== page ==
When you’re young, there is often a feeling of invincibility. Of course, no one is a superhero, but serious health conditions can feel a world away. Patients in their 20s and 30s may think nothing of going out, having a few drinks, and fighting a hangover at work the next day. In fact, even having a few heavy drinking sessions like this per month may take no toll. But for some, there is a fine line between moderate and heavy drinking and alcoholism. Recent research shows startling statistics of a rise in cirrhosis deaths in younger age groups. Read on to learn how much is too much, and how to prevent cirrhosis.

How Much Is Too Much?


There are very clear guidelines set forth by the Centers of Disease Control and Prevention, which outline that moderate drinking for men is no more than two drinks per day, with never more than five in a sitting. For women, drinking in moderation is one drink per day, never to exceed four in one period. This level of moderate drinking does not cause health problems–to the contrary, drinking small amounts in moderation has been connected to the prevention of hypertension and heart disease.

What Is Cirrhosis?


Recent statistics show an increase in deaths from cirrhosis in the 25 to 34 age group. Cirrhosis is a serious disease long associated with career alcoholics, as it is a permanent liver disease. When you begin to drink alcoholically, as in a large quantity of alcohol each day or most days of the week, each drink begins to harm your liver. This can cause permanent scarring (cirrhosis). Eventually, this scarring will cause the liver to stop working. For most, liver failure causes death. Frighteningly, there has also been a significant spike in cases of liver cancer and young people, which is also often fatal.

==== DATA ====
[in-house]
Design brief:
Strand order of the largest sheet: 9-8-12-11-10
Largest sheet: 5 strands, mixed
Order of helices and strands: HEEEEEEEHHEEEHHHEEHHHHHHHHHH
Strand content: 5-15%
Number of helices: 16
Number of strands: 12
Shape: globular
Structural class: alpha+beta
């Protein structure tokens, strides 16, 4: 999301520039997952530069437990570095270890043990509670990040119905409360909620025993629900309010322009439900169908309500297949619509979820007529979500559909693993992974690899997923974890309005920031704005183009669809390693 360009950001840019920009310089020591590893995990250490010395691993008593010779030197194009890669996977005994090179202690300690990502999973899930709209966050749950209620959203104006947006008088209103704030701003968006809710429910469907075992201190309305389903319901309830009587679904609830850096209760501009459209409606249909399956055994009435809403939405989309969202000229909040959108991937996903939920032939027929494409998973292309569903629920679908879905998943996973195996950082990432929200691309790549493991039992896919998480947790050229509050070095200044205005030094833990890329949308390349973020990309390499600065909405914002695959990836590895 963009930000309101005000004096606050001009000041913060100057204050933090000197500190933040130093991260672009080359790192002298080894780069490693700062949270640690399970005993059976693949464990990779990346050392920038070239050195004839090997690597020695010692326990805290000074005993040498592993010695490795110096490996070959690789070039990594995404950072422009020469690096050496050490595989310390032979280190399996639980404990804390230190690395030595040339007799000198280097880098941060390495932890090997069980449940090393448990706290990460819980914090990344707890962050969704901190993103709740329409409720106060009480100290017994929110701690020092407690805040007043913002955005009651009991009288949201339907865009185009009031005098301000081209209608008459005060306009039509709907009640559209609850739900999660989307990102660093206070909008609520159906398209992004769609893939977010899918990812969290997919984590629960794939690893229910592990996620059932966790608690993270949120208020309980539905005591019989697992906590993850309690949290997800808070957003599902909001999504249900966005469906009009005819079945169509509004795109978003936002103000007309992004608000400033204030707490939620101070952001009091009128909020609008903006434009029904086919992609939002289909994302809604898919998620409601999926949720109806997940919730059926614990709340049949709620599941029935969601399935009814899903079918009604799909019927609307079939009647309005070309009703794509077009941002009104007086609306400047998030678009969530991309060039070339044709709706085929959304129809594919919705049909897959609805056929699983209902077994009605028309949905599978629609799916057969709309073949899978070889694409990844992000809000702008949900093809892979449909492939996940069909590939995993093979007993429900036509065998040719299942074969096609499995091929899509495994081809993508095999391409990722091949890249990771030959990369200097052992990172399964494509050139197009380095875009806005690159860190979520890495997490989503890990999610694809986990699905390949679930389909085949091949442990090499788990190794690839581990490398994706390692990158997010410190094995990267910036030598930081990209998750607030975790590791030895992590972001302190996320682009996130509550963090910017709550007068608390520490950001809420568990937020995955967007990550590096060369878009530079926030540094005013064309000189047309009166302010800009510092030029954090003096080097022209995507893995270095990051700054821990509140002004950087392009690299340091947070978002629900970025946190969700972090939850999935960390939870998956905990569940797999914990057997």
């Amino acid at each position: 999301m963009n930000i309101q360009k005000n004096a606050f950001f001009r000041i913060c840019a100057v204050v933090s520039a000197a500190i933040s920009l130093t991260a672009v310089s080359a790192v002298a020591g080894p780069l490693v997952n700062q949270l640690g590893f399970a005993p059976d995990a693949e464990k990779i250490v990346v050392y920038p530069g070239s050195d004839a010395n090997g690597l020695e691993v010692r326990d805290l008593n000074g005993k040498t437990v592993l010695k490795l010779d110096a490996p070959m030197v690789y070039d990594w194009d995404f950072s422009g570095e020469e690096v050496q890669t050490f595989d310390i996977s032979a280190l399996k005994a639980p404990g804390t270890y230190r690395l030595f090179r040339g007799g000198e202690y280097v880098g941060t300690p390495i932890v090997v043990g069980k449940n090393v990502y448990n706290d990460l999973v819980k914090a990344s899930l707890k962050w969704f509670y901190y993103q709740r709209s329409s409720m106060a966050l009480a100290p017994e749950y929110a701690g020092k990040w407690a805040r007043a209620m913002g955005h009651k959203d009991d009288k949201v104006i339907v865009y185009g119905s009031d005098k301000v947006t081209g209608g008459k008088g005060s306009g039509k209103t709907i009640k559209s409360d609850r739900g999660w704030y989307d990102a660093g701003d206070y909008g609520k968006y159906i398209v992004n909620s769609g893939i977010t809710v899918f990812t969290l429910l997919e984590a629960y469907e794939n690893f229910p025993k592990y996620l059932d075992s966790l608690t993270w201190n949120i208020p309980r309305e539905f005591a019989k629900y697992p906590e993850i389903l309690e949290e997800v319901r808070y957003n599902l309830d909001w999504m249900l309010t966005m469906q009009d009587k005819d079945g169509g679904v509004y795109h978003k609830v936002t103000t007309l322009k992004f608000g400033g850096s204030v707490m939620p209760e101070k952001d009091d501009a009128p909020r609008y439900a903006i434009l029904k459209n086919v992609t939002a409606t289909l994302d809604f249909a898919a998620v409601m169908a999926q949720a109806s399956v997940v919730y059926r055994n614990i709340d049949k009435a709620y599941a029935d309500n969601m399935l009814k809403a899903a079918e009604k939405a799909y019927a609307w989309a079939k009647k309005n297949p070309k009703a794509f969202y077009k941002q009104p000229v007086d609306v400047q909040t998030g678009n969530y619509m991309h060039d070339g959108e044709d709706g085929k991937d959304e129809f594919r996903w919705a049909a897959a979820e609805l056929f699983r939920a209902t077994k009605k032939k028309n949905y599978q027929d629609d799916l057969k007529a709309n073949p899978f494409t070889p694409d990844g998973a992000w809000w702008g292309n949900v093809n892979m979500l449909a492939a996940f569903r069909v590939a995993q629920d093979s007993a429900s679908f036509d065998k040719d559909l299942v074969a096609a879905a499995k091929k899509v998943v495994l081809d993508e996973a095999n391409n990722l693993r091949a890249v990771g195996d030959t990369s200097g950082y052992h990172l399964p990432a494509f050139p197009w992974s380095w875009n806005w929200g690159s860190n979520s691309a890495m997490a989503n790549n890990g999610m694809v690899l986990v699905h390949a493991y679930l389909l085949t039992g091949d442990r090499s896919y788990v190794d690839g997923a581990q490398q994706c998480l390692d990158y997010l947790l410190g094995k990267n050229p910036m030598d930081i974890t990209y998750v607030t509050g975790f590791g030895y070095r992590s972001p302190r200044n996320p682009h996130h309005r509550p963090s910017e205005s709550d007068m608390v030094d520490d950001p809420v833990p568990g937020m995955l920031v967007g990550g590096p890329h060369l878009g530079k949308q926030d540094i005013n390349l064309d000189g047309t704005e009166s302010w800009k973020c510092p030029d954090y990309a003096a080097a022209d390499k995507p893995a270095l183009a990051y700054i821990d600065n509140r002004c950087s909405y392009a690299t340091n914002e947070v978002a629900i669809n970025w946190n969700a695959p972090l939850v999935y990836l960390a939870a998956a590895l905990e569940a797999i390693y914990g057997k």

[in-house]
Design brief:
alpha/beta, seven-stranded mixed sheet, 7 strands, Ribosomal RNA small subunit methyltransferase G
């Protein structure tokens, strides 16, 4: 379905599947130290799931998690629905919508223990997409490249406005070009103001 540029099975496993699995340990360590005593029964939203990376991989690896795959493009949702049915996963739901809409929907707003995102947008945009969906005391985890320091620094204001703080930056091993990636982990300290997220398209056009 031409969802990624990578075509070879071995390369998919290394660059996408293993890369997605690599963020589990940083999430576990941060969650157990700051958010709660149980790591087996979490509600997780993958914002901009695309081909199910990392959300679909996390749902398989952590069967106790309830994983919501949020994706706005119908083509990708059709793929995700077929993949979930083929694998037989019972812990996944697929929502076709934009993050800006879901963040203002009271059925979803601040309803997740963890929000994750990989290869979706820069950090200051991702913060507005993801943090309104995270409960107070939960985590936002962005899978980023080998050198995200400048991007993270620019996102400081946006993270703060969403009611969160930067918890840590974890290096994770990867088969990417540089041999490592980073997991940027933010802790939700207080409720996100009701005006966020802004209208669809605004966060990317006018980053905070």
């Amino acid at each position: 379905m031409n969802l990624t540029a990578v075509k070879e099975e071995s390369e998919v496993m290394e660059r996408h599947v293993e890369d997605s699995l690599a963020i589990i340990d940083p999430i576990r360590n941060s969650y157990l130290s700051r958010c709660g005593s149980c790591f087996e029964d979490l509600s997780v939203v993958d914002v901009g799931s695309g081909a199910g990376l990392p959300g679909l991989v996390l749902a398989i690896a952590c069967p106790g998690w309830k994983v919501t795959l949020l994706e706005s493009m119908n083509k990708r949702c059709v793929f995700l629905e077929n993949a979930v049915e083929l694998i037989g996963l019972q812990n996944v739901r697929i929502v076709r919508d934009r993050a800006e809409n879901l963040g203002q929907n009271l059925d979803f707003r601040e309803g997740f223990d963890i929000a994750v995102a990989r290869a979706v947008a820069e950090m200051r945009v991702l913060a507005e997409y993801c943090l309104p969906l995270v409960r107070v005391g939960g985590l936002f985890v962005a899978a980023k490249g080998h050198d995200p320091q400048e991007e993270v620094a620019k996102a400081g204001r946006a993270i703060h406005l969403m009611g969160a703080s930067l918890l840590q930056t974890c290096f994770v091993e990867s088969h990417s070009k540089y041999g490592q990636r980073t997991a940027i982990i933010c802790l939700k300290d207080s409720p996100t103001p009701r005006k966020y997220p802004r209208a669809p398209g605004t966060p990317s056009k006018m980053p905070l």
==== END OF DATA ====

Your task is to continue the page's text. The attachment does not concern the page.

Heavy drinkers who experience high liver enzymes or fatty liver disease can usually recover if they are able to stop drinking. Typically, the liver is very elastic, and it can bounce back from years of drinking with complete abstinence. This is not the case with cirrhosis. If cirrhosis is caught in the early stages, it can be arrested to a degree, but some of the damage is permanent. Abstinence at the diagnosis point certainly helps, but medical treatment is required to fight the disease.

Liver Disease Symptoms


As everyone’s body is different, some heavy drinkers will suffer from serious liver issues like cirrhosis, while others may be seemingly unscathed. Unfortunately, cirrhosis symptoms aren’t always noticeable until the end stages, and many patients do not realize they have liver disease until it is too late. Patients should always speak to their physician if they’re experiencing common liver symptoms, such as jaundice, swelling of the hands, feet, and ankles, or easier bruising. Other telltale signs of cirrhosis include bleeding gums, accelerated heartbeat, loss of hair, and confusion. It is possible for cirrhosis to be treated if it is discovered in the earlier stages. First-line treatment often begins with complete alcohol abstinence. To hear more on the relationship between alcohol and liver or gut health, or if you need help with other GI issues, make an appointment with Dr. Sameer Islam today.

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HELLO, I'M RAFIUL SAMEER ISLAM, MD.

Serving the Greater West Texas Area

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